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"God hath now sent to bless you :" "a Saviour which is Christ the Lord."

How many amongst us are constantly hearing Jesus represented as "the way, the truth, and the life," yet pass by on the other side! But these followed Jesus. Followed him, but not unknown or unobserved. He sees and encourages the first approach towards him; the first breathings of their faith. He turned, and saw them following: and when they inquired, Master, where dwellest thou? he saith unto them, Come and see.

This was a further trial of sincerity. Many will appear interested for a while, and then stop short. But these came, and saw where he dwelt, and abode with him that day. And whoever with an honest and good heart will consent to come and see, shall not remain unsatisfied. In the abode where Jesus dwells, he will see "righteousness, and peace, and joy in the Holy Ghost." He will see that, which can no where else be found.

And then, having learnt the truth, and discovered the greatness of the blessing, he will not keep the secret within his own breast, but will hasten to communicate it to his friends.

40. One of the two which heard John speak, and followed him, was Andrew, Simon Peter's brother. 1


41 He first findeth his own brother Simon, and saith unto him, We have found the Messias, which is, being interpreted, the Christ.

1 The other is commonly supposed to have been St. John himself.

2 The Messias in Hebrew, signifying the same as the Christ in Greek, the anointed.

42. And he brought him to Jesus. And when Jesus beheld him, he said, Thou art Simon the son of Jona: thou shalt be called Cephas, which is by interpretation, a stone.3


Here Jesus intimates what he afterwards confirmed that Simon should be endued with such a firm and consistent temper, as should be set like a flint," inflexible and unbroken: he should be a corner-stone of the temple which was about to be soon raised to the honour of God and the salvation of man.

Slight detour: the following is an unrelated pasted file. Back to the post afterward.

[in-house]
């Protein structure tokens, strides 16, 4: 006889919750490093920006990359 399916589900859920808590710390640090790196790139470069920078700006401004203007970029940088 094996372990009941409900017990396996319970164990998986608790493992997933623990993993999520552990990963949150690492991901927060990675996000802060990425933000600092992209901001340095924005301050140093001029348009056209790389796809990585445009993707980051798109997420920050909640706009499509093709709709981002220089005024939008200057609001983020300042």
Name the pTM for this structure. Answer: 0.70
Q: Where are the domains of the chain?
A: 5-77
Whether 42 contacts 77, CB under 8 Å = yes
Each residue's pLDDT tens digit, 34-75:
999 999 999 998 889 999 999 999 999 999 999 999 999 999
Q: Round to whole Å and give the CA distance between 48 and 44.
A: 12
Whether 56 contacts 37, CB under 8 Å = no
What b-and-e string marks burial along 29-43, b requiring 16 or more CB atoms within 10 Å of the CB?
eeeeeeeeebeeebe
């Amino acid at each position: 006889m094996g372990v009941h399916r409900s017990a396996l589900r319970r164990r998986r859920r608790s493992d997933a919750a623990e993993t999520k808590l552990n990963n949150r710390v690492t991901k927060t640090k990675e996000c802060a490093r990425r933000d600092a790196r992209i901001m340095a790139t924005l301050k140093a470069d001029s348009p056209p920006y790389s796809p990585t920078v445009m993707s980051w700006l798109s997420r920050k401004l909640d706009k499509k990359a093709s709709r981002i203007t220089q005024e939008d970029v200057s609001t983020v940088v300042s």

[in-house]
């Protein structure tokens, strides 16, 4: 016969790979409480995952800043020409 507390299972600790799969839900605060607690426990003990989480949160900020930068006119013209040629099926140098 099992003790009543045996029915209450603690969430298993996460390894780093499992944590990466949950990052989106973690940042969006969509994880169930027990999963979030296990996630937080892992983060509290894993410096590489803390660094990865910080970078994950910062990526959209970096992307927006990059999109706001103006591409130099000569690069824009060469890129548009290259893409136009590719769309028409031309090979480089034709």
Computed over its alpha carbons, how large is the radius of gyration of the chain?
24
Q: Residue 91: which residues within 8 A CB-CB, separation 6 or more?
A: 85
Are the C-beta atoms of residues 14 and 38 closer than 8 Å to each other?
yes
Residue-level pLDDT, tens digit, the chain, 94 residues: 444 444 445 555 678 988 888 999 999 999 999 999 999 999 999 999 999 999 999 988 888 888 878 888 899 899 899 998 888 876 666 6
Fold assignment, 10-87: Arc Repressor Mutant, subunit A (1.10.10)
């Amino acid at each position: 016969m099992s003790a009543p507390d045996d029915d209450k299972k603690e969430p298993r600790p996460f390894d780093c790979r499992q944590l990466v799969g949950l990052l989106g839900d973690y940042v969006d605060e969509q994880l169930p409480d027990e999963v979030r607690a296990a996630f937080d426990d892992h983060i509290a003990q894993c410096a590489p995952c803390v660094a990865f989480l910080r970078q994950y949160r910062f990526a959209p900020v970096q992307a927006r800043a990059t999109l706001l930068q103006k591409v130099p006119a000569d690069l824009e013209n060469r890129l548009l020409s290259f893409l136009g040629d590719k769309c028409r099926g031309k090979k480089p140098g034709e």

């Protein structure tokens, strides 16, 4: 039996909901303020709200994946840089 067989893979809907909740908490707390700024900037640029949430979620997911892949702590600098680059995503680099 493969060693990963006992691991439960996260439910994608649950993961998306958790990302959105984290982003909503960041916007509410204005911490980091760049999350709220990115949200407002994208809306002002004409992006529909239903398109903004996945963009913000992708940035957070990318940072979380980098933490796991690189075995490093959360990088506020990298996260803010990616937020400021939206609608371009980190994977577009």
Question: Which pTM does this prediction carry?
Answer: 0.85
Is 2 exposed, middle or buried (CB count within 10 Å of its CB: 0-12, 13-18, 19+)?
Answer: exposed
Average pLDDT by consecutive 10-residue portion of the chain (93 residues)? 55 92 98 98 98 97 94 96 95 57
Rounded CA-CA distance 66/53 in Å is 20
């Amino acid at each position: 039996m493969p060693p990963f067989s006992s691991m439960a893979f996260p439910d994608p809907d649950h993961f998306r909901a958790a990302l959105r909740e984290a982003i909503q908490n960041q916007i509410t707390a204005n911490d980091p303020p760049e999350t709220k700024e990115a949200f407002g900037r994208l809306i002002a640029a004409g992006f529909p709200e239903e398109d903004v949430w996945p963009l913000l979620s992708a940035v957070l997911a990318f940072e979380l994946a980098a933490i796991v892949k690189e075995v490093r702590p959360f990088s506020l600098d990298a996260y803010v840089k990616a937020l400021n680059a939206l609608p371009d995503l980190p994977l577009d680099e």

All Christians have not the prominent station which Peter held. But he himself speaks of all Christians, as being living stones in that spiritual temple, the church of God. And none can maintain their integrity, who are not resolute and firm; as a stone, solid and stedfast: a character which they receive, as Simon received his new name, from the Lord who has called them.

43. The day following, Jesus would go forth into Galilee, and findeth Philip, and saith unto him, Follow me.

44. Now Philip was of Bethsaida, the city of Andrew and Peter.

45. Philip findeth Nathanael, and saith unto him, We have found him of whom Moses in the law, and the prophets, did write, Jesus of Nazareth, the son of Joseph.

46. And Nathanael said unto him, Can there any good thing come out of Nazareth? Philip saith unto him, Come and see.

47. Jesus saw Nathanael coming to him, and saith of him, Behold an Israelite indeed, in whom is no guile!

3 Or rock, on whose preaching the foundation of shall be raised. See Matt. xvi. 18.

my church

4 Isa. 1. 7.

5 1 Pet. ii. 5.

48. Nathanael saith unto him, Whence knowest thou me? Jesus answered and said unto him, Before that Philip called thee, when thou wast under the fig tree, I saw thee.

The whole of this history is instructive. When Philip first acquainted Nathanael of his own belief, that the Christ was to be found in the person of Jesus of Nazareth, the son of Joseph, Nathanael betrays a lurking prejudice. Can there any good thing come out of Nazareth? Can so obscure a place, so ill reputed of, send forth the Holy One of God, the King of Israel? And do not the prophets speak of Bethlehem as the birth-place of the Messiah? 6